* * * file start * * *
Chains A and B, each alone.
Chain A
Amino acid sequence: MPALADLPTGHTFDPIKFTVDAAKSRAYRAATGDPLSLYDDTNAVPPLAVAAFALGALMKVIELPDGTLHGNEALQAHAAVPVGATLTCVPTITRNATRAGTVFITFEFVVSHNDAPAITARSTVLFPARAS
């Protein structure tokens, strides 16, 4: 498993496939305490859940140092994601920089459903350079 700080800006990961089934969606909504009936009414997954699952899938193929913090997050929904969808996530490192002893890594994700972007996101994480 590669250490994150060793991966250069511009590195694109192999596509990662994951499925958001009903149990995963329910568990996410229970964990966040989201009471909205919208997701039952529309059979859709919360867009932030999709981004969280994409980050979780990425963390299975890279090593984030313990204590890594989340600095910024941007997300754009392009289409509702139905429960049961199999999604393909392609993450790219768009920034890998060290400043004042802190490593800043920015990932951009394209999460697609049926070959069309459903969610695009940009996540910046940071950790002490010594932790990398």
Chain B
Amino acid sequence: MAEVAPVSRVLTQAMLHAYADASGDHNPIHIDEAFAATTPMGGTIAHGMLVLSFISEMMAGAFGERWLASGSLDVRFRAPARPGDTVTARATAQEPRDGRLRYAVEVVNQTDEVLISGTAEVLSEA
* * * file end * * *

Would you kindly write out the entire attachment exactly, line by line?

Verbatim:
Chains A and B, each alone.
Chain A
Amino acid sequence: MPALADLPTGHTFDPIKFTVDAAKSRAYRAATGDPLSLYDDTNAVPPLAVAAFALGALMKVIELPDGTLHGNEALQAHAAVPVGATLTCVPTITRNATRAGTVFITFEFVVSHNDAPAITARSTVLFPARAS
């Protein structure tokens, strides 16, 4: 498993496939305490859940140092994601920089459903350079 700080800006990961089934969606909504009936009414997954699952899938193929913090997050929904969808996530490192002893890594994700972007996101994480 590669250490994150060793991966250069511009590195694109192999596509990662994951499925958001009903149990995963329910568990996410229970964990966040989201009471909205919208997701039952529309059979859709919360867009932030999709981004969280994409980050979780990425963390299975890279090593984030313990204590890594989340600095910024941007997300754009392009289409509702139905429960049961199999999604393909392609993450790219768009920034890998060290400043004042802190490593800043920015990932951009394209999460697609049926070959069309459903969610695009940009996540910046940071950790002490010594932790990398």
Chain B
Amino acid sequence: MAEVAPVSRVLTQAMLHAYADASGDHNPIHIDEAFAATTPMGGTIAHGMLVLSFISEMMAGAFGERWLASGSLDVRFRAPARPGDTVTARATAQEPRDGRLRYAVEVVNQTDEVLISGTAEVLSEA